Philadelphia Bans Asking About Salary History
Mayor says he wants to end wage discrimination
By Newser Editors and Wire Services
Posted Jan 25, 2017 3:29 AM CST
Job seekers and recruiters meet during a job fair in Philadelphia.   (Matt Rourke)
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(Newser) – Despite a threat from cable giant Comcast to take legal action, Philadelphia has banned employers from asking potential hires to provide their salary history, a move supporters say is a step toward closing the wage gap between men and women. Mayor Jim Kenney signed the measure, saying he's confident the bill can withstand legal challenges. "I know that Comcast and the business community are committed to ending wage discrimination, and I'm hopeful that moving forward we can have a better partnership on this and other issues of concern to business owners and their employees," he said, per the AP. "This doesn't need to be an either/or argument—what is good for the people of Philadelphia is good for business, too."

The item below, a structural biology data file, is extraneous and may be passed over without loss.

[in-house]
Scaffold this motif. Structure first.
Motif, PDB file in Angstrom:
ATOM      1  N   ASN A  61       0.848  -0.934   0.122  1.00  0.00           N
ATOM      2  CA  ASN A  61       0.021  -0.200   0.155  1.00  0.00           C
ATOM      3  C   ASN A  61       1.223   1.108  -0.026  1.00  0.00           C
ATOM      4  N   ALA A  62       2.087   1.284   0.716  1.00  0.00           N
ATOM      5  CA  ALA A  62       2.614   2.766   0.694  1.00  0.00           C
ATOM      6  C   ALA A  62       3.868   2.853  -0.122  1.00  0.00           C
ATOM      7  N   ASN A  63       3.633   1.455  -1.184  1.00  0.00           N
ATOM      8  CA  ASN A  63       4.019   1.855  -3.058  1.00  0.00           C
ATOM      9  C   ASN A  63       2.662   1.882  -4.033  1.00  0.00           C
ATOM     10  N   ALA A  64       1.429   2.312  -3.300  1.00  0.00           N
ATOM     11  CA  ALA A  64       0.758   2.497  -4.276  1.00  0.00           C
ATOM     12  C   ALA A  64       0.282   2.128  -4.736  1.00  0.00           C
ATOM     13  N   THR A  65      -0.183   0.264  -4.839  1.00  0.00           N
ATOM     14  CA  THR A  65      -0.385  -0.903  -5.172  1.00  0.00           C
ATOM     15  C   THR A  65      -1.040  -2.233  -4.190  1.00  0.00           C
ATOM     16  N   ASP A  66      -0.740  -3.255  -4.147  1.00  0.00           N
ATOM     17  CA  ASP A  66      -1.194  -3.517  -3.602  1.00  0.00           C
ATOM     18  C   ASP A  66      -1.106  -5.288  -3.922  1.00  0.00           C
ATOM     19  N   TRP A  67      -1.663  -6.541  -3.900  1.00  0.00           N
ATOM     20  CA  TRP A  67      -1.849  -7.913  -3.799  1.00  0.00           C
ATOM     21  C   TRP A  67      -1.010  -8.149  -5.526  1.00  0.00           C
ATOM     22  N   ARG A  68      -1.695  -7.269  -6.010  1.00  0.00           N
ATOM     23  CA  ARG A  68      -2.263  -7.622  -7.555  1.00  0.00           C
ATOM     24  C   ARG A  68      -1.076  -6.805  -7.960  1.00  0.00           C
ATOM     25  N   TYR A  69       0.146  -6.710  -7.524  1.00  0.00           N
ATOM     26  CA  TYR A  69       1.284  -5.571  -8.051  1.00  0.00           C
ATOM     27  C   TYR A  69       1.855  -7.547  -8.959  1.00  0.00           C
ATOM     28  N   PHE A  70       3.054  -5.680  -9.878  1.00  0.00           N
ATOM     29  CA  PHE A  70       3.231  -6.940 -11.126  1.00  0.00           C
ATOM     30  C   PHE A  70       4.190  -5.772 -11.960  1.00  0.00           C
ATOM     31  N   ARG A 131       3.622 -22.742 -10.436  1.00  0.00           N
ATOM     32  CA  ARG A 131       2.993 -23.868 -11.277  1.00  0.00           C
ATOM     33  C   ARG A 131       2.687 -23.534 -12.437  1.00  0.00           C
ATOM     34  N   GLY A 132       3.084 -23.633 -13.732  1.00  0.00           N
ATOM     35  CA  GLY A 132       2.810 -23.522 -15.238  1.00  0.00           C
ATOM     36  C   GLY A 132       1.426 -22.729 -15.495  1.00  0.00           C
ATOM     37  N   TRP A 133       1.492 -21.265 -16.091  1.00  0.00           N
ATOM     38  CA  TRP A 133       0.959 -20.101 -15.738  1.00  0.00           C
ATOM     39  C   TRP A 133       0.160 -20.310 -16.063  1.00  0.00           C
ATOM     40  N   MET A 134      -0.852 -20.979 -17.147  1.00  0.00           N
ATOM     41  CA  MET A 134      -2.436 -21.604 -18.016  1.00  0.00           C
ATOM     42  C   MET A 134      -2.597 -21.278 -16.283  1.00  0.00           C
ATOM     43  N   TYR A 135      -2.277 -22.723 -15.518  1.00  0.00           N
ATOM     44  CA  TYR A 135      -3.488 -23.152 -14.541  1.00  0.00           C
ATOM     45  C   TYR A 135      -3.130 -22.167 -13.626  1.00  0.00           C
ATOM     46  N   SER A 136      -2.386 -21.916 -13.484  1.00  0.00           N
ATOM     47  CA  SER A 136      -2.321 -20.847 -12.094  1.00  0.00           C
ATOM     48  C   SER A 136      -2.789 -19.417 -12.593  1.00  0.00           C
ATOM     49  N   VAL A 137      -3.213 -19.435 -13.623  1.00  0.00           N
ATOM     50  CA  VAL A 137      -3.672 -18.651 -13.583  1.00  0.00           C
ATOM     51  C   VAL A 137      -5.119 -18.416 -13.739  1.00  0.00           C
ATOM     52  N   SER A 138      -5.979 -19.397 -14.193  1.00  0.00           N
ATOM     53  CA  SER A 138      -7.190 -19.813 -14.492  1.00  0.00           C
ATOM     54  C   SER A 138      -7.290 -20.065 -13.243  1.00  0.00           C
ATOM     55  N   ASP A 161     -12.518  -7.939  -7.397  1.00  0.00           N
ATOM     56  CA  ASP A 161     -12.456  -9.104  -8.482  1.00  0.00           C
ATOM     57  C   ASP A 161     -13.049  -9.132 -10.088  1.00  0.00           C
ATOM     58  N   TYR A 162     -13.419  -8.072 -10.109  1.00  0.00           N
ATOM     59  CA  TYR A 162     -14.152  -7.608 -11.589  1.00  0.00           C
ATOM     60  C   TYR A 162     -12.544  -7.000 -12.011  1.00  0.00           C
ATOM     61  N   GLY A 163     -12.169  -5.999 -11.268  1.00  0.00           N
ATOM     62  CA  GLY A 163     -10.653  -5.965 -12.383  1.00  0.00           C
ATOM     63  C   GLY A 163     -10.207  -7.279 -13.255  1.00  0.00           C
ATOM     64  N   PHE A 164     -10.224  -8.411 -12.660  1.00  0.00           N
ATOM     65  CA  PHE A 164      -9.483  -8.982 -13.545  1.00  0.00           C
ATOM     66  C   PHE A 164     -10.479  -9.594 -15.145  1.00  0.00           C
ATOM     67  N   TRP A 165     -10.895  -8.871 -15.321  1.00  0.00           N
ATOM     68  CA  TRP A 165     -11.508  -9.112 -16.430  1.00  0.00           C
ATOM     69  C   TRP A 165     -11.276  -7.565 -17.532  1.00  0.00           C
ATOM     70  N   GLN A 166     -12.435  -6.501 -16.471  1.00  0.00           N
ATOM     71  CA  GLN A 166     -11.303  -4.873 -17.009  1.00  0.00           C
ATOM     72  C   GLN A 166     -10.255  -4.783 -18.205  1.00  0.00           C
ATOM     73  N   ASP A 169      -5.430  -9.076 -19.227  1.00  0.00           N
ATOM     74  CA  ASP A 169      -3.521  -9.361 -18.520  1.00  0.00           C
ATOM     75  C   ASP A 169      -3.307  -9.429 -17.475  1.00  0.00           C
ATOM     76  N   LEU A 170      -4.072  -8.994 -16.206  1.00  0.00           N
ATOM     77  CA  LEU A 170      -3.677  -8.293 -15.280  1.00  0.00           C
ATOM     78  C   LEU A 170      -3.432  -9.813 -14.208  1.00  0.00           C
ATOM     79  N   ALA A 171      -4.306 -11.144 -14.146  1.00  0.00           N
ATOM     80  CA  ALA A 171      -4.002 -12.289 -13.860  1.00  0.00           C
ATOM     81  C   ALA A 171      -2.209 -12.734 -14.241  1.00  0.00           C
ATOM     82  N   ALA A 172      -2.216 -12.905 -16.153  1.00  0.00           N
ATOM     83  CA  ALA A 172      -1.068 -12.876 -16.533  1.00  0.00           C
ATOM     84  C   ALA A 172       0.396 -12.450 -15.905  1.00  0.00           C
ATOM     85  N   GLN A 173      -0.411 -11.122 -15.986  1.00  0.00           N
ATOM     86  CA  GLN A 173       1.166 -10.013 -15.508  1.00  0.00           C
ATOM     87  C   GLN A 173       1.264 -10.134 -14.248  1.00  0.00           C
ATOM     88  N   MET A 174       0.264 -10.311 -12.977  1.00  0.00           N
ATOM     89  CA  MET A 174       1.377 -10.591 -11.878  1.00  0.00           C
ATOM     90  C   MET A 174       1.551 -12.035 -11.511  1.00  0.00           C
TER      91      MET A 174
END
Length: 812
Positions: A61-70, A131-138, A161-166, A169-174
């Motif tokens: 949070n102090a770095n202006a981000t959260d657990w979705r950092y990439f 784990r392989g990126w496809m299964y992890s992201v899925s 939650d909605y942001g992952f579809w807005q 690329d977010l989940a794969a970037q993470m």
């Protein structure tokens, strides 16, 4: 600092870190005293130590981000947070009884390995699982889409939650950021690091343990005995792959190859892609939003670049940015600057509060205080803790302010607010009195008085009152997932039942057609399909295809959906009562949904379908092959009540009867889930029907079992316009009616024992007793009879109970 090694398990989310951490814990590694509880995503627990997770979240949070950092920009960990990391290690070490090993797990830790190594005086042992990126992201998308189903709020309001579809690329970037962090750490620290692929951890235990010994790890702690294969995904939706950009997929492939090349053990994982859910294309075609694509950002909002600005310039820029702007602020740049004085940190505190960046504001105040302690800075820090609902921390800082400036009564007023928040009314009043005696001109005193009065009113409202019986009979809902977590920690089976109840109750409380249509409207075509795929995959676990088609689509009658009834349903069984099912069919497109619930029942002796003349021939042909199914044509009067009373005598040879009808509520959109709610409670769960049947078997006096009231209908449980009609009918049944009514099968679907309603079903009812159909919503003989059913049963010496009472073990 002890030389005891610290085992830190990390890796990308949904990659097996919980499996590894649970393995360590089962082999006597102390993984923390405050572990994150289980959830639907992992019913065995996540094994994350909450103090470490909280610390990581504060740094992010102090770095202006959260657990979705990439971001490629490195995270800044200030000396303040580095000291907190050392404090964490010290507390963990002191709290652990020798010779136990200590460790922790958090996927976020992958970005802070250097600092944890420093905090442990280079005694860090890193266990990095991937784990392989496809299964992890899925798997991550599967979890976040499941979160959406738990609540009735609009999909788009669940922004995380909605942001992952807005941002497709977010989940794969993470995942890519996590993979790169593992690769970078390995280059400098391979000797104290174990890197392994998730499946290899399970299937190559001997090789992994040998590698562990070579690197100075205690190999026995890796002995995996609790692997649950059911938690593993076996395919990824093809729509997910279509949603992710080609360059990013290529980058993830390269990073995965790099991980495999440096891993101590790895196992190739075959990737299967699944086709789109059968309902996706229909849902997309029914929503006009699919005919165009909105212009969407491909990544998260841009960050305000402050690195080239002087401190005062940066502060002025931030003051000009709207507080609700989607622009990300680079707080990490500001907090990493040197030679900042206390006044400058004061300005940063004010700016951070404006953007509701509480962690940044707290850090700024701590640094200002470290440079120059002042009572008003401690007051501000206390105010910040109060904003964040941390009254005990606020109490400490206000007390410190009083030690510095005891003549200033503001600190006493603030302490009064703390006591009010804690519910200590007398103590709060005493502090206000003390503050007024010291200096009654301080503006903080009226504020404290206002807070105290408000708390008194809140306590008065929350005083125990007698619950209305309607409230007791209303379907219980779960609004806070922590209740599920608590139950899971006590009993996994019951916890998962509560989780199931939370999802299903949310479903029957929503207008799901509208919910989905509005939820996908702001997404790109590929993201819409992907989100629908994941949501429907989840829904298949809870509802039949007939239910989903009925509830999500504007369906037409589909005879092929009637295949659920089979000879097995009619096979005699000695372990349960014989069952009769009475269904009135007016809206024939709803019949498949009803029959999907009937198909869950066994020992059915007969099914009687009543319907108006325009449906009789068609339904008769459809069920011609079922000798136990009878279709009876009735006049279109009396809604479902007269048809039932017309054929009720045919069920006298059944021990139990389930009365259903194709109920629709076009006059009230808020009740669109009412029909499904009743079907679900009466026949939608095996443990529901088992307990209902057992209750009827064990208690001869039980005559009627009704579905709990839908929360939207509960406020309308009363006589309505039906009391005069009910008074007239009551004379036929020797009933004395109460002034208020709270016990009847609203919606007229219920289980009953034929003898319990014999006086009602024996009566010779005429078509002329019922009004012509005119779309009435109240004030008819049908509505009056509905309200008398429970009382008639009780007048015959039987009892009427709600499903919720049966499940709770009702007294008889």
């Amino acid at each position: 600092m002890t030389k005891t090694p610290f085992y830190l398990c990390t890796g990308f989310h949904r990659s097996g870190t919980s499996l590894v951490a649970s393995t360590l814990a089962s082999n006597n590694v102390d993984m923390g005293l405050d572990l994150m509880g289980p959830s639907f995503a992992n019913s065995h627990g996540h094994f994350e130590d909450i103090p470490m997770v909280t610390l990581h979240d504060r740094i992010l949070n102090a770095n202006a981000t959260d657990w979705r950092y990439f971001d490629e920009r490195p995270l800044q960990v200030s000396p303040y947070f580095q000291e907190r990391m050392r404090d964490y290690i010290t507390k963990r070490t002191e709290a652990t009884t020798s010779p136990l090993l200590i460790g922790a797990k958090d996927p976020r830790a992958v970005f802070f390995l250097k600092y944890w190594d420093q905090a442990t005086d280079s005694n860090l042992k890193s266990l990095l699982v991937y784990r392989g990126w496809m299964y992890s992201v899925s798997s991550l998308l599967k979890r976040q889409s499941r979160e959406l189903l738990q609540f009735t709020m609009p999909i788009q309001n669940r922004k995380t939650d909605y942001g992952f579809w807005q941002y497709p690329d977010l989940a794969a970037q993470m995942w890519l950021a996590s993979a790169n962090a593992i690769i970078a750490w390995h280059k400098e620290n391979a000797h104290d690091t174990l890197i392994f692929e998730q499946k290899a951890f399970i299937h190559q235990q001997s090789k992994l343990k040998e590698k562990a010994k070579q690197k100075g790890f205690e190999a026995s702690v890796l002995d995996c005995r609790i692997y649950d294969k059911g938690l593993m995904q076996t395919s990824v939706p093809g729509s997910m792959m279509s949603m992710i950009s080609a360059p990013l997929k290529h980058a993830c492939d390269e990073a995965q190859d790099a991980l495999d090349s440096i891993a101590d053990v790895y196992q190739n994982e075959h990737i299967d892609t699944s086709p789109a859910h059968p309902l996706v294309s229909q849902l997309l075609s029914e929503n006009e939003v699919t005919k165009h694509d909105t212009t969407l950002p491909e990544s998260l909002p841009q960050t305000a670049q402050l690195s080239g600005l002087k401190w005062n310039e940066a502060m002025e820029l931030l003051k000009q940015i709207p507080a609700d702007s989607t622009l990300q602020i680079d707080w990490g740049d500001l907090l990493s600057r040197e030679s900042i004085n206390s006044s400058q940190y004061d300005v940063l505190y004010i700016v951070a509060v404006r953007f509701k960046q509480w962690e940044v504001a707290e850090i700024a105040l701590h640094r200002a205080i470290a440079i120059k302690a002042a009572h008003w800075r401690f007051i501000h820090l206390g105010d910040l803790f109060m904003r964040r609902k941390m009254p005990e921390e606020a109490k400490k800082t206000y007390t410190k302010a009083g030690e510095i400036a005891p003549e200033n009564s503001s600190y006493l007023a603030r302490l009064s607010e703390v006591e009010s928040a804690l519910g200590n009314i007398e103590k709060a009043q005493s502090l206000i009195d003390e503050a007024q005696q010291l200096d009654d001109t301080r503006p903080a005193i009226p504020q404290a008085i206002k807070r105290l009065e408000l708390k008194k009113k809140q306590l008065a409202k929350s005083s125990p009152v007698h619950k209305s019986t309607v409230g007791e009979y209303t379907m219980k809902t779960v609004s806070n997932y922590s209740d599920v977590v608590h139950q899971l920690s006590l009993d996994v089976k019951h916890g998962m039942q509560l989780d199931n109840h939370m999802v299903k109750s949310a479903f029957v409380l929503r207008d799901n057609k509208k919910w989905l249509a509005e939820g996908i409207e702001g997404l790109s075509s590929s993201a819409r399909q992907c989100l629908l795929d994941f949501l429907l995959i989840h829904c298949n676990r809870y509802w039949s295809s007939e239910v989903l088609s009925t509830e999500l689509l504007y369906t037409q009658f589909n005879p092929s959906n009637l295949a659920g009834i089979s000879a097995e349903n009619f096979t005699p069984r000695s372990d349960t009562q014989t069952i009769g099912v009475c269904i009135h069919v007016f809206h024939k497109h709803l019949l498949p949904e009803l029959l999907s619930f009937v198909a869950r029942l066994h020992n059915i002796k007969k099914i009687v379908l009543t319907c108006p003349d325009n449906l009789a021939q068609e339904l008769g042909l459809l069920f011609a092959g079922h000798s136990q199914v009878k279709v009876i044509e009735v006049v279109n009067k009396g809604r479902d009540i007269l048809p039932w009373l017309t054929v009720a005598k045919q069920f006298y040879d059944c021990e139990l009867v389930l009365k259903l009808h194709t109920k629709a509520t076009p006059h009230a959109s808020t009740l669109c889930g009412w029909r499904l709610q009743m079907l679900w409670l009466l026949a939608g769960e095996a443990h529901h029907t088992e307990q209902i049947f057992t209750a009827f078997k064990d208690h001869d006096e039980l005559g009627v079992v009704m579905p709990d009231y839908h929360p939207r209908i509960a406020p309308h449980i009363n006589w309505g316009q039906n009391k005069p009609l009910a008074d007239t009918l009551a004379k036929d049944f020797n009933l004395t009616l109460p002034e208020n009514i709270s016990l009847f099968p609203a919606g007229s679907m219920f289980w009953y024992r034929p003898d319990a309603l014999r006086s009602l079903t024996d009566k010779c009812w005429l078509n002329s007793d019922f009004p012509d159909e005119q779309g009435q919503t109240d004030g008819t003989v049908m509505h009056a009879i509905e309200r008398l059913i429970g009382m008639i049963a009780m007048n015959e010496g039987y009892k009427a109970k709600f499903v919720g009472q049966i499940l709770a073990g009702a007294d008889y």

Comcast and the city's Chamber of Commerce have said the law goes too far in dictating how employers can interact with potential workers. The City Council unanimously passed the ordinance in December. Supporters say that since women have historically been paid less than men, the practice of asking for a salary history can help perpetuate a cycle of lower salaries for women. Women in Pennsylvania are paid 79 cents for every dollar a man earns, according to a 2015 Census Bureau report. Similar legislation inspired by a Massachusetts pay equity law has been picking up speed around the country, says Maya Raghu, director of workplace equality at the National Women's Law Center in Washington, DC.

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